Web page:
Running Blind – Prepping a One-Shot for the First Time

This Sunday, at Go Play Leeds, I’m set to run 7th Sea 2nd Edition, John Wick’s game of fantasy swashbuckling set in the pseudo-European world of Theah. I’ve never run the game before, and I haven’t played it either. Normally I’d always say that the best prep for running a one-shot is to be a player in said game – it’s much easier to learn a system by doing than it is to read the rules. Not having had this luxury, I’ve had to find my own way with the game. I’m just about ready, and I thought I’d share my tips for prepping a game you haven’t played before:

Start with the Pregens

I started by creating my pregens, trying to use my own guidelines here but also ensuring a simple concept to bind them together. I’ve gone for a ship’s crew, seeing them as a roving band of ne’er-do-wells not restricted entirely to piratical interests but also unaffiliated to any nation. I had a few ideas about core archetypes – so I have a big bruiser, a quick duelist, and a socialite – and can hope they fit together.

Generating a party not only familiarises you with the resources on the character sheet (7th Sea 2nd Ed has a good skill economy), but it helps to have internalised them, so you’re not looking for the right skill or power at the right time. On my pregen sheets, I give brief rules for each advantage and/or power, and writing them down helps me learn the options my players have.

EDIT: I’ve added a link to the pregens to the downloads page, or you can find theme directly here.

Know the Rules

Some folks would say to read the rulebook cover to cover, but I’m not sure how useful it actually is to prep from cover to cover. Generally I think you need to know what you need to know well rather than knowing everything well; depth is better than breadth of knowledge in this case. I’ve read (in this order) the resolution mechanics, the character generation chapter, skimmed the GM advice section, and then followed character generation, while skipping back to the backgrounds of the Nations of my characters to check that my concept fits. Much of the rest of the book I’ve skipped, and will absorb further down the line.

I wouldn’t necessarily recommend this approach for every game, but also that’s probably what I do for every new game. I try to make sure that I know really well the stuff I actually have to know. I’ve ignored, for instance, the ship combat rules for now – I’m going to run that like a normal Action Scene, and lots of the GM rule sections on stuff Villains can do between adventures.

Keep It Simple

My adventure plot is pretty straightforward, and is structured using the scene resolution mechanics presented in the book (note that I’m planning one of my short reviews of 7th Sea soon after I’ve run it, but in a nutshell, I’m convinced that this is a loosey-goosey narrative indie game disguised as a mid-90s trad game, and disguised really well) tightly. There’s a fight scene, a sandboxy high society party for them to investigate in, an infiltration and a final confrontation.

As always, my starting scene is heavily framed and launched (in fact, it begins with the PC’s ship being boarded and in the middle of a pitched battle) and the options spread out from there. There’s some collapsible elements to allow for how much time is left – I’m not sure how quickly the game will play out, and at least at Go Play I’ve got a good amount of time to play with – I can take anywhere between 3 and 5 hours and there’s no session following my players have to get out for. My structure was scribbled out on one page of an A4 notebook, and while it took a while to get down in between reading and thinking about the game, it was an important step before I started my prep proper.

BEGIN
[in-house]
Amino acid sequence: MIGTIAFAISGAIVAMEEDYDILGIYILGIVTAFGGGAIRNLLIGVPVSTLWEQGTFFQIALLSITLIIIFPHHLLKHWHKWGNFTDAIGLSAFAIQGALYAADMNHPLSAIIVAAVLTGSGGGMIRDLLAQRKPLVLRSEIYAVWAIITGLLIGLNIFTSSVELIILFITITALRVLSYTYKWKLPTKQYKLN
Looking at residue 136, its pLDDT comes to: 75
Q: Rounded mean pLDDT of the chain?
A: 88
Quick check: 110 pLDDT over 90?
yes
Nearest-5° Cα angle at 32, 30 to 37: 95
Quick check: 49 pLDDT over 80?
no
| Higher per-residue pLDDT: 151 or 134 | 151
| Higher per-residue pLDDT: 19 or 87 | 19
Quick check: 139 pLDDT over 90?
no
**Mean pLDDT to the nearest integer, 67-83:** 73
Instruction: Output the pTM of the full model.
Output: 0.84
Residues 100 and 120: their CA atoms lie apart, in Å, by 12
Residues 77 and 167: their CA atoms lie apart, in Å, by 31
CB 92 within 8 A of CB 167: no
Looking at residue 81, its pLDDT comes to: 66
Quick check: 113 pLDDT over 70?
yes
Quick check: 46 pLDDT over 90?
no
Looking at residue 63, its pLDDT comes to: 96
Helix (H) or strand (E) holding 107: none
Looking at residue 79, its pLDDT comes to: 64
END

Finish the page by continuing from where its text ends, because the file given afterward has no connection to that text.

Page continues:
Bash out a Draft

After this, I’ve actually written out in Word what I want to happen at each scene. By forcing myself to write this up – which I wouldn’t do for, say, 13th Age, or a game I’m more experienced with – I force myself to actually consider the structure and order in which I introduce and teach the game. So far my draft runs to just over 2000 words, which is probably my norm for a fully-formed con game draft for a new game; I’ll add a few notes to it as I get ready for the actual game and tidy it up, it’ll stay around that mark in terms of length.

Come Clean

I’m running the adventure on Sunday, and I’ll share my prep after that. I’ll be telling the players straight up that I’ve not run the system before, and that while I’ll be the main arbiter of the rules, feel free to pipe up if I miss something. We’ll muddle through, and I’m confident that the bits of the game that I’ve prepped will work. The bits I’m missing out – which include the Story system, which I’m going to replace with an alternative XP system – are all easily missed from a one-shot.

So, now I need to have another pass at my adventure and get the last bits of laminating done. After I’ve run it, I’ll share my prep on here, as well as the pregens I’ve created for it. How does your experience of prepping a new game differ from mine?

Leave a Reply

Fill in your details below or click an icon to log in:

WordPress.com Logo

You are commenting using your WordPress.com account. Log Out /  Change )

Google+ photo

You are commenting using your Google+ account. Log Out /  Change )

Twitter picture

You are commenting using your Twitter account. Log Out /  Change )

Facebook photo

You are commenting using your Facebook account. Log Out /  Change )

Connecting to %s